|The Dark Knight Rises, Part 2|
As I mentioned in the last blog, I invited Pastor Seth Pierce, author of What We Believe for Teens and Daniel for Teens, to share his perspective on the newest Batman movie in two parts. If you missed part 1, you can read it and comment on it here.
***On another note, I (Melanie) will be at the Hope, British Columbia campmeeting this Sunday, July 29th for the auditorium book sale and a book signing. I would LOVE to meet you, so if you're going to be there, come say hello!***
...and now, part 2 of Pastor Seth Pierce's review of The Dark Knight Rises:
Pastor Seth Pierce
The Dark Knight Rises opens eight years after the previous movie. Bruce Wayne (aka Batman) resides in a self imposed exile due to the grief and abuse he has experienced as the Caped Crusader. He haunts a secluded wing of his palatial estate. Gotham city is experiencing a time of peace due to the citizens rallying around the death of former District Attorney Harvey Dent. Dubbed the “Gotham’s White Knight,” Dent was Gotham’s hope of cleaning up all the organized crime. However, at the end of the previous film, Dent was corrupted and became the nefarious villain Two Face. He died while trying to kill Commissioner Gordon’s family. In order to preserve his pure image, and give the citizens of Gotham a rallying point, Batman took the fall and became a villain in the eyes of the people. In other words, the peace Gotham is experiencing is built on a lie.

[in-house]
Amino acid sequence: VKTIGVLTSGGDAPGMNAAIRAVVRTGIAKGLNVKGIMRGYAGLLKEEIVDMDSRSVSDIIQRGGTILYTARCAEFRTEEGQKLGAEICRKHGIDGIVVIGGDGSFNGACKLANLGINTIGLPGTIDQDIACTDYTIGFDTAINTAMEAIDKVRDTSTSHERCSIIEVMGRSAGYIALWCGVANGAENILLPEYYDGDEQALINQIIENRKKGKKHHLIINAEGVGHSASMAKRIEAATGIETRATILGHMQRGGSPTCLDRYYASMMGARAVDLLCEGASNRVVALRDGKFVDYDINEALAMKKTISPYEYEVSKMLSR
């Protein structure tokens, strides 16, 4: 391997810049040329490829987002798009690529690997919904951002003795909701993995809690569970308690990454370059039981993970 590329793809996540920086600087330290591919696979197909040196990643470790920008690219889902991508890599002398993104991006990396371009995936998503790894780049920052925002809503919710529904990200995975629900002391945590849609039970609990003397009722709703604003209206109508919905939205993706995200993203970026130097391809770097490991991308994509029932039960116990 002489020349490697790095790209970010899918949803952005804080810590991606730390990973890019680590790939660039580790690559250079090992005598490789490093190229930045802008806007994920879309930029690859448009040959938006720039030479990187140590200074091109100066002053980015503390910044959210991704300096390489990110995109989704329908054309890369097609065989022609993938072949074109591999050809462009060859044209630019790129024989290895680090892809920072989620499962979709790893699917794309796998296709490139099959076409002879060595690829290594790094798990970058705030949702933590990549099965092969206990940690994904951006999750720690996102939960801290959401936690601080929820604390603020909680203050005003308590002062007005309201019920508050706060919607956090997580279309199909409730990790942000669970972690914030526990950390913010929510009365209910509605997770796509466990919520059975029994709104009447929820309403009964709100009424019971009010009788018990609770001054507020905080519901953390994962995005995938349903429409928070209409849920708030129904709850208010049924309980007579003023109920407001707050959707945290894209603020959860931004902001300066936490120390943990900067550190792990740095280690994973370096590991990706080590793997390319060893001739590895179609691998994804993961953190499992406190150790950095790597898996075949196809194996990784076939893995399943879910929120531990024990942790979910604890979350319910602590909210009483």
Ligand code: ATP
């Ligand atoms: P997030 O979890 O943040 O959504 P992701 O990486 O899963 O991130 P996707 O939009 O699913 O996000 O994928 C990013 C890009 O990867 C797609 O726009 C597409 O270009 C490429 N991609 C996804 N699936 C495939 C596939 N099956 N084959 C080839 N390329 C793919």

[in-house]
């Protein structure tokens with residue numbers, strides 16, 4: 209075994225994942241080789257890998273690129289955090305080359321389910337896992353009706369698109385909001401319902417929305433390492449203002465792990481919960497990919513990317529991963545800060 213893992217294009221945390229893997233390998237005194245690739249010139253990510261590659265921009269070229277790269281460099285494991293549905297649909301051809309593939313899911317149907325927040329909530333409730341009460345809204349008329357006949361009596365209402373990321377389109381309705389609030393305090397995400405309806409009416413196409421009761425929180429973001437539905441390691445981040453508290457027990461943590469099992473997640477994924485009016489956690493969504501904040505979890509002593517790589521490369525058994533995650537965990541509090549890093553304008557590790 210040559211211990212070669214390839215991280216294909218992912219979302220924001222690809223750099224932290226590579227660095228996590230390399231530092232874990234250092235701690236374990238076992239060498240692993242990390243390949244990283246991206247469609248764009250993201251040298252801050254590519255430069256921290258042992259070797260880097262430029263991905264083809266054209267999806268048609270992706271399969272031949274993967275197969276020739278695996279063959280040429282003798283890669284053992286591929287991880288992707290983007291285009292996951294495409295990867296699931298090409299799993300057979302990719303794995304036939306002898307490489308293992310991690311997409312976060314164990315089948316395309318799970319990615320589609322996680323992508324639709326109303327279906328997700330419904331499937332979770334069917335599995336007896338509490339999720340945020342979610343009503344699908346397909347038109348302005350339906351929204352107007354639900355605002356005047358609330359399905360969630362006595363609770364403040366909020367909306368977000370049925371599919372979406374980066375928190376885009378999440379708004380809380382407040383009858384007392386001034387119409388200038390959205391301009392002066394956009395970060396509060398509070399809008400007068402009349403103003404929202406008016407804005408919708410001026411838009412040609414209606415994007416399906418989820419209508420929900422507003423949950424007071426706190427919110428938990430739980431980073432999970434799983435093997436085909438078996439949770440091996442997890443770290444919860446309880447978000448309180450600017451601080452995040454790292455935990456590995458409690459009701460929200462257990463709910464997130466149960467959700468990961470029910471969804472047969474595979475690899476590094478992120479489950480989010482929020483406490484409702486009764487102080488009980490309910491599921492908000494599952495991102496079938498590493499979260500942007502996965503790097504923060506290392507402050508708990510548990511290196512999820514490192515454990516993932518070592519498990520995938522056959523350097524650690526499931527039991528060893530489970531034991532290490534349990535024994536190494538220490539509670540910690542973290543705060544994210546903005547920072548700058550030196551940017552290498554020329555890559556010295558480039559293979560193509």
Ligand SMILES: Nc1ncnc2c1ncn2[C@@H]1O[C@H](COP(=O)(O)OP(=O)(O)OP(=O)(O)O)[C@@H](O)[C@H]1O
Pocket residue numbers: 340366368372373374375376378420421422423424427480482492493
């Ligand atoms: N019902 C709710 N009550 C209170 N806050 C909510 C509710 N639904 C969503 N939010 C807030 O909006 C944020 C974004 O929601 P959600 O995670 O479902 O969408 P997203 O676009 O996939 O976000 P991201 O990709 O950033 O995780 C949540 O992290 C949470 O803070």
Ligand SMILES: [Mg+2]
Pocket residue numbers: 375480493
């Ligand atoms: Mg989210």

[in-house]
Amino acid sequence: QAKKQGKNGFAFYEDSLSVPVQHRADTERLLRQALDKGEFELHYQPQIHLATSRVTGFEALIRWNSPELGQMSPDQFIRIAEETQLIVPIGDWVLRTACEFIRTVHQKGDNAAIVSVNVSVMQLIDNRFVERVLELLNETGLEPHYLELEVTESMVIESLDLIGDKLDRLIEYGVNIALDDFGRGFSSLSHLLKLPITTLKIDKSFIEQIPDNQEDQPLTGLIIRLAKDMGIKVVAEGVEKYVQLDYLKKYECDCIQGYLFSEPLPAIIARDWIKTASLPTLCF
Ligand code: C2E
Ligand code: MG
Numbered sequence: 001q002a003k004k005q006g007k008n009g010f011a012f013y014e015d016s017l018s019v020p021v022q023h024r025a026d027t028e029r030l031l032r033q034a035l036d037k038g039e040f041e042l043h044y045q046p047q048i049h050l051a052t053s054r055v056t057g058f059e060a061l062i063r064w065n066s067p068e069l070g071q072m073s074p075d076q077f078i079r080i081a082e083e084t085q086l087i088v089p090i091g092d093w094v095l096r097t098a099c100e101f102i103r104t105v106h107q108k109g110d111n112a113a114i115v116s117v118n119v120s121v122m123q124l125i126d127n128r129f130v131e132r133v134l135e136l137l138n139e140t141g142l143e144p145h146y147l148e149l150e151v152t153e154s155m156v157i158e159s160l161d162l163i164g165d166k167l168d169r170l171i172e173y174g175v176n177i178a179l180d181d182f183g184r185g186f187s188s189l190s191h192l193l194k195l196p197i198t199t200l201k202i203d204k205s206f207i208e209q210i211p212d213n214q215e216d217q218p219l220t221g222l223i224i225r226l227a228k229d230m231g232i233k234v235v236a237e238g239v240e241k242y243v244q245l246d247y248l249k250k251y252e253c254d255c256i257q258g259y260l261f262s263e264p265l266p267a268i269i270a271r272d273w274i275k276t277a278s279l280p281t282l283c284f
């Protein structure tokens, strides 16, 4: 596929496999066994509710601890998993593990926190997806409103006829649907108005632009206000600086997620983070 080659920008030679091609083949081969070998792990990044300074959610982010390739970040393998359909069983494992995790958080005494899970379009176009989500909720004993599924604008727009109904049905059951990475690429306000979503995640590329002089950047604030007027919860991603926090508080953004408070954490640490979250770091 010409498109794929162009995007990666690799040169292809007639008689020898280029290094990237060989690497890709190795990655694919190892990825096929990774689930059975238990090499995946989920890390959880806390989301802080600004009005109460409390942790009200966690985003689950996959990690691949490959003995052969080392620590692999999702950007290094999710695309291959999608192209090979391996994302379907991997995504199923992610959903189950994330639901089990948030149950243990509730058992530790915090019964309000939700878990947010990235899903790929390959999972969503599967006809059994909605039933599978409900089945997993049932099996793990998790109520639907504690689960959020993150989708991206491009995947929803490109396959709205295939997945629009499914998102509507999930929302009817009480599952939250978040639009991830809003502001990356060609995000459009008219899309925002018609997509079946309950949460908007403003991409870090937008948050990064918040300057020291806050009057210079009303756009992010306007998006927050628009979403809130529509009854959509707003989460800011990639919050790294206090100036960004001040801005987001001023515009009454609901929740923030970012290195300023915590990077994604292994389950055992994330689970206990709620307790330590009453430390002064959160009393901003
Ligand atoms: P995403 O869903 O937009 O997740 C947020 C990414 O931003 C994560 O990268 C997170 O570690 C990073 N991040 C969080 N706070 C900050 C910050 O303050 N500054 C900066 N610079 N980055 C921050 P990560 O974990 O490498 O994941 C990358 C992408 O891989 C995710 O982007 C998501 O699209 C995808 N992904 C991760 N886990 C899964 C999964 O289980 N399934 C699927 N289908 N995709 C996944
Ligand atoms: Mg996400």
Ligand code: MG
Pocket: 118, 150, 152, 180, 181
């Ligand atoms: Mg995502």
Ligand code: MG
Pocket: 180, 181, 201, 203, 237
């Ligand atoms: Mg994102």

Enter Bane—a brutal terrorist who seeks to expose the lie and burn Gotham to ashes.
Will Batman return?
Will Batman survive if he does?
Can Gotham be saved—or is it too wicked to be left standing?
Redemption is the biggest theme. Bruce Wayne needs redemption from his past—and even from his creation of Batman. Bruce suffers from depression over what he has lost and from what he has seen. His faithful butler—Alfred—tries to point Bruce down a path that will allow him to leave Batman behind and perhaps start a family.
Gotham is also perpetually sick with criminal activity. Catwoman—also trying to find redemption from a life of thievery (SPOILER ALERT: she is after the “clean slate” a computer program that will clean her record and give her a fresh start)—tells Bruce: “you don’t owe these people anymore.” In other words, they have chosen their path let them suffer.
Despite the brokenness of the people, Bruce Wayne is willing to sacrifice himself to save them. This echoes the passage in Romans that says, “…but God shows his love for us in that while we were still sinners, Christ died for us” (Romans 5:8, ESV).
There is also a strong political theme to the movie. Director Chris Nolan looks at the “Occupy Movement” –which is a protest against the wealthy for not better distributing what they have.
Finally the theme of honesty is explored. It is okay to lie for someone’s protection? Are there consequences to “white lies?”
Sexual Content and Drug Use
I didn’t see so much as a cigarette in this film. As far as sexual content, the most that is shown is Bruce and a lady friend lying by the fire completely covered in blankets—except for Bruce Wayne’s muscular chest. I’m sure that might excite somebody, but it’s pretty tame. A couple passionate kisses occur but they are done in the context of looming danger—more in the context of sadness then sensuality.